Pathogen reduction technology (PRT) may damage platelet (PLT) components. To study this, metabolic activity and haemostatic function of buffy coat (BC) PLT concentrates, with or without riboflavin and UV light PRT treatment, were compared.
Twenty-four BC PLT concentrates, leukoreduced and diluted in additive solution, were grouped into 12 type-matched pairs, which were pooled and divided into 12 non-PRT-treated BC PLT concentrates (control units) and 12 riboflavin and UV PRT-treated BC PLT concentrates (test units). Haemostatic function and metabolic parameters were monitored by thrombelastography at days 1, 3, 7 and 14 post collection in both PLT groups.
Loss of PLT discoid shape, glucose consumption, lactate production, and decrease in pH were greater in the PRT-treated PLTs than in control PLTs over time (p<0.001). PLT haemostatic function evaluated by clot strength was also significantly weaker in PRT-treated PLTs compared with the excellent clot quality of control PLTs at day 7 (maximum amplitude: 41.27 vs 64.27; p<0.001), and even at day 14 (21.16 vs 60.39; p<0.001) of storage.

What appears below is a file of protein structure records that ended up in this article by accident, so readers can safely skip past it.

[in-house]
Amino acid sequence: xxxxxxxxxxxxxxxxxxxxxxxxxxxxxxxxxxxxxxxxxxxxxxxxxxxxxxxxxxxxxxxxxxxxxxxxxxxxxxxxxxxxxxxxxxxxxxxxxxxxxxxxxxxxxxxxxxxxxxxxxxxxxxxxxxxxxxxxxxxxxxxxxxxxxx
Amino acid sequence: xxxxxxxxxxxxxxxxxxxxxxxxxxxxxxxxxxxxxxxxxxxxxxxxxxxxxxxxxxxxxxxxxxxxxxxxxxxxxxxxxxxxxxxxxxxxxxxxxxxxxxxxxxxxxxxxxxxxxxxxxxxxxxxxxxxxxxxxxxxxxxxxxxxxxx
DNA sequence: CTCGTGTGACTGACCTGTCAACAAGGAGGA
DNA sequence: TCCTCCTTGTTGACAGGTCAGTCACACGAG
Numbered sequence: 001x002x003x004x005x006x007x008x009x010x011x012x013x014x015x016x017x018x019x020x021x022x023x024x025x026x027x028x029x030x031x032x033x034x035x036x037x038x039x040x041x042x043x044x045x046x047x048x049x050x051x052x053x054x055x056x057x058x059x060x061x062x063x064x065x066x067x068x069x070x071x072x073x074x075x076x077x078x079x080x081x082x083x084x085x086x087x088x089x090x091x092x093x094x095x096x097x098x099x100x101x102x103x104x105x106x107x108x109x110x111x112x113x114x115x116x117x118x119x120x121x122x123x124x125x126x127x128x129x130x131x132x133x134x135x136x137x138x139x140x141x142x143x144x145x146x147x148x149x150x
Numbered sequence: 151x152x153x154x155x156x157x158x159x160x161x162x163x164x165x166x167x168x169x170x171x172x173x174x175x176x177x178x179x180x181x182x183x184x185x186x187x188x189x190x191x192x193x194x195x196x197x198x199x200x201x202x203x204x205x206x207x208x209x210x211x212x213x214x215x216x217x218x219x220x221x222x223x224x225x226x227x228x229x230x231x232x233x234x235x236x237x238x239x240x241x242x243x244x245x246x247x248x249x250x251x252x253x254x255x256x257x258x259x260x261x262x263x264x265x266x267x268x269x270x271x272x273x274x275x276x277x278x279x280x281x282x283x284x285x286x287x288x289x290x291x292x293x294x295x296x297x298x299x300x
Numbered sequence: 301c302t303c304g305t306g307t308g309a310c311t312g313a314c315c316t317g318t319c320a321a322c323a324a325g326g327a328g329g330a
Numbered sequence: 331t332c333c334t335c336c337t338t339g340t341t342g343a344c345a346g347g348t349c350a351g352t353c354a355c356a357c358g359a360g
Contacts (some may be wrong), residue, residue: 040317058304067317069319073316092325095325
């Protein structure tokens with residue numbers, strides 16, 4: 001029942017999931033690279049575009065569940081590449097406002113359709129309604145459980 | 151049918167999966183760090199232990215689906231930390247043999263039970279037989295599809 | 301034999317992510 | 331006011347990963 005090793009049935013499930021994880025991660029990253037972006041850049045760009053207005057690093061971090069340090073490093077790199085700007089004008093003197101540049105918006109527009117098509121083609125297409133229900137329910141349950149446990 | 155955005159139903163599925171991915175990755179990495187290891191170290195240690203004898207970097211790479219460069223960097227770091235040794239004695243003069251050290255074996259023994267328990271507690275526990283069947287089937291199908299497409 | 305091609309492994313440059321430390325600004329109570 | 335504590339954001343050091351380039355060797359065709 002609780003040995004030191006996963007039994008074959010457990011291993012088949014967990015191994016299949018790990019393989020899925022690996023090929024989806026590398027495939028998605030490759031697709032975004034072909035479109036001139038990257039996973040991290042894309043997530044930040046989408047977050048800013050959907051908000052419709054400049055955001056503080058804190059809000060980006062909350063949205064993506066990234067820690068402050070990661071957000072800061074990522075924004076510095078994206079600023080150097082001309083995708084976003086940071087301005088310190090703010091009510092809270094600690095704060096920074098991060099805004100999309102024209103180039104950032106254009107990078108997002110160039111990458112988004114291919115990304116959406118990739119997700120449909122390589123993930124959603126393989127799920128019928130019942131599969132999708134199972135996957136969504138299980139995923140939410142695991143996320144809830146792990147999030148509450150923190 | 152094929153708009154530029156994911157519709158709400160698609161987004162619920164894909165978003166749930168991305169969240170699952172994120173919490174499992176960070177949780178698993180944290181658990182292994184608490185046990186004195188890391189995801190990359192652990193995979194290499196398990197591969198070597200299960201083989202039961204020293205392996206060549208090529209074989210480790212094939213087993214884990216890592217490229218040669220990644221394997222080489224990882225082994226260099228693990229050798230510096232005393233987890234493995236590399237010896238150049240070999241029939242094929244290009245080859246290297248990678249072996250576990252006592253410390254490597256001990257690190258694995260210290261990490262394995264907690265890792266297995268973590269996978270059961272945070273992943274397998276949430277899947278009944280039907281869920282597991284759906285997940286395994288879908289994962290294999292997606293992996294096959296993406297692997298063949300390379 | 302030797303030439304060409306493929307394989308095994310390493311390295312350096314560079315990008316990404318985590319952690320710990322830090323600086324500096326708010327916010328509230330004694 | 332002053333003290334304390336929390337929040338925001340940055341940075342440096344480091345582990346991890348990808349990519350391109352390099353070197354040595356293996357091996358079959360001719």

Pathogen reduction technology treatment accelerates and increases platelet storage lesion, resulting in glucose depletion, lactate accumulation, PLT acidification, and discoid shape loss. The clots produced by control PLTs at day 14 were still remarkably strong, whereas at day 7 PRT-treated PLTs produced weaker clots compared to the control group. Clinical trials investigating the efficacy of PRT-treated PLTs transfused at the end of the storage period (day 7), when the in vitro clot strength is weaker, are needed.